Then, it’s just a matter of figuring out if they’re a fit in terms of budget and timing.

Note: Buyer profiles are great for inbound, too. Once leads enter your funnel you can match them up to the profiles and see which ones are more likely to buy. You can then change up your process and segment it to close more deals.

To determine if your lead is qualified, answer these three questions:

  1. Is this lead the primary decision-maker? Or does this lead have purchasing power?
  2. Is this lead ready to buy?
  3. Is this lead the right fit for our products? (Do they have the budget, authority, need, and time?)

Make sure your marketing efforts and your sales efforts are aligned to the same goal and collecting the same information.

Research: A study by the Aberdeen Group showed that sales and marketing teams who worked closely together were able to achieve 20% revenue growth annually. Teams who weren’t working in harmony saw revenues decline by 4% — which means a cohesive plan will increase sales opportunities.

Generate more sales-qualified leads

Are your leads coming up short? Try:

  • Using more specific qualifying questions, like custom questions on sign-up forms or specific questions in your cold email and even on the phone.
  • Scoring your leads early (in the inbound marketing phase) before they’re passed to sales.
  • Splitting your lead funnel by type (i.e., by email marketing, content download, outbound, etc.)
  • Nurturing your leads further via content. For outbound, if they don’t respond, try again in 3-6 months.
  • Revising your keywords to be more specific to your product (inbound). Or, try to add steps to your outbound process, like sending a direct mail piece to go along with your email/calls.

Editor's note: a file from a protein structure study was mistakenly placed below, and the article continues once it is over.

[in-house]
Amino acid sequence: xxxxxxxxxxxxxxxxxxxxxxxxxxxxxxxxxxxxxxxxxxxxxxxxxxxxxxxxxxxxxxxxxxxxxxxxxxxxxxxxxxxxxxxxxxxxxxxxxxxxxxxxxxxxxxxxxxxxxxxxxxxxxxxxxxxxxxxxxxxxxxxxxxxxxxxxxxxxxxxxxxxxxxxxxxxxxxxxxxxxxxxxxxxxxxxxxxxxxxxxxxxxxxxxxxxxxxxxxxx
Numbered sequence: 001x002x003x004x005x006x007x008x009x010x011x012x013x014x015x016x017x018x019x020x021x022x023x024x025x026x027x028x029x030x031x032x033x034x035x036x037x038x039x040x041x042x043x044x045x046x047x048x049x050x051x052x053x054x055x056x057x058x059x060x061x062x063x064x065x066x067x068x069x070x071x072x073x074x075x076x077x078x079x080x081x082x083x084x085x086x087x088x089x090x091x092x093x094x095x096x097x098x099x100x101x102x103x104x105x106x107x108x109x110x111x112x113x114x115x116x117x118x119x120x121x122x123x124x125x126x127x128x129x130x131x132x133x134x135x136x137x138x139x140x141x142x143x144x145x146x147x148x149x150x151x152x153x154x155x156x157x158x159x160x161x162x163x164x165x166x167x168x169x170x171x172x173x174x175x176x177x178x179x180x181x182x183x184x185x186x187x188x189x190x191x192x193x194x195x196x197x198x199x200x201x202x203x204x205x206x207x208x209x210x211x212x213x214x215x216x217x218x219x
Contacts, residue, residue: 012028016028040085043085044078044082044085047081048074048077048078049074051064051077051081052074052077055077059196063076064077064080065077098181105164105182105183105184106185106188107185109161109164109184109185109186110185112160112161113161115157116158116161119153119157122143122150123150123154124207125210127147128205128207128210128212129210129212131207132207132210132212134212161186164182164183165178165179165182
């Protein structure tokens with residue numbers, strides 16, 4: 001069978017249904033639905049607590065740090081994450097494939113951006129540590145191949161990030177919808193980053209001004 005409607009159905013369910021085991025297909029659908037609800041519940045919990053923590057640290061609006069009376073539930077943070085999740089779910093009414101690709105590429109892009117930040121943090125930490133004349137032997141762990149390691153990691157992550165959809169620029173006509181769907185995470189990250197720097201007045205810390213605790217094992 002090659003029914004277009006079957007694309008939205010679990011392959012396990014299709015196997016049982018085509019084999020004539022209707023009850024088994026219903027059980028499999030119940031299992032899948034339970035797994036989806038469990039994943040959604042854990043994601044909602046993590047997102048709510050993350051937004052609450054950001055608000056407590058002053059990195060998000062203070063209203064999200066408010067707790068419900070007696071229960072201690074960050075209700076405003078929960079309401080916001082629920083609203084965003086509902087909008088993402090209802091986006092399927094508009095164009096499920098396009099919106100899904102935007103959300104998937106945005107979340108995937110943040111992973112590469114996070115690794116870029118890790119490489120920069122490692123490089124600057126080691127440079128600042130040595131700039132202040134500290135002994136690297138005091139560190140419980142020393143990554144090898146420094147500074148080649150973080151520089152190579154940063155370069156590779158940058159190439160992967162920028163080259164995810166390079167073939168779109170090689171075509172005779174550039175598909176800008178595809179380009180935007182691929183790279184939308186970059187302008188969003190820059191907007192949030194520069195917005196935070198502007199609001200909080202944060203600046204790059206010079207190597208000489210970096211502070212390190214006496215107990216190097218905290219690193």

• You can also fill your funnel with verified leads that fit your profiles, using LeadFuze :).

If your lead needs more nurturing, remove them from the list of final, sales-qualified leads. And put them back into a lead nurturing campaign. For outbound leads that don’t respond, put them in an inbound funnel to see if they open/click anything down the road.

These leads are at a level in which they need more engagement, information, and content that makes them want to take action further or engage with the company further.

Step Two: Score Your Leads (inbound specific)

Once your leads have been identified by Marketing and passed to Sales as qualified, it’s time to score them. The idea is that each piece of data that the lead aligns with in relation to your ICP gets a point. And the higher the point-value of the lead the better sales opportunities the leads become.

Set your minimum lead score that a lead must attain to be sales-ready. If you have ten key data points that must be addressed before a lead is sales-ready, set a minimum score (say, 7 or 8 points) that a lead can be before they are sent back to marketing for further nurturing.

Some examples of identifying actions and data that can be scored include:

  • Page views — how many pages on your site has the lead visited?
  • Site searches — have they searched your site for specific content?
  • Email opens/clicks — have they downloaded content from your site and opened it? Have they signed up for your e-newsletter and open it every time?
  • Nature of downloaded content — i.e., has the lead downloaded an eBook or pricing guide that is specific to your company and product?
  • Company-specific information — does their company’s industry, size, and location match your ICP, and will the lead be a good fit for your sales opportunities?
  • Job position — is this person in a position in which they can make purchasing decisions?

During the lead scoring and lead qualification process, narrow down what problem the lead is having that your products are the solution to. The more specific of a product or service you can offer the lead, the more likely they are to trust your salesperson — after all, the salesperson is trying to help their life, not sell them something they’re not already interested in.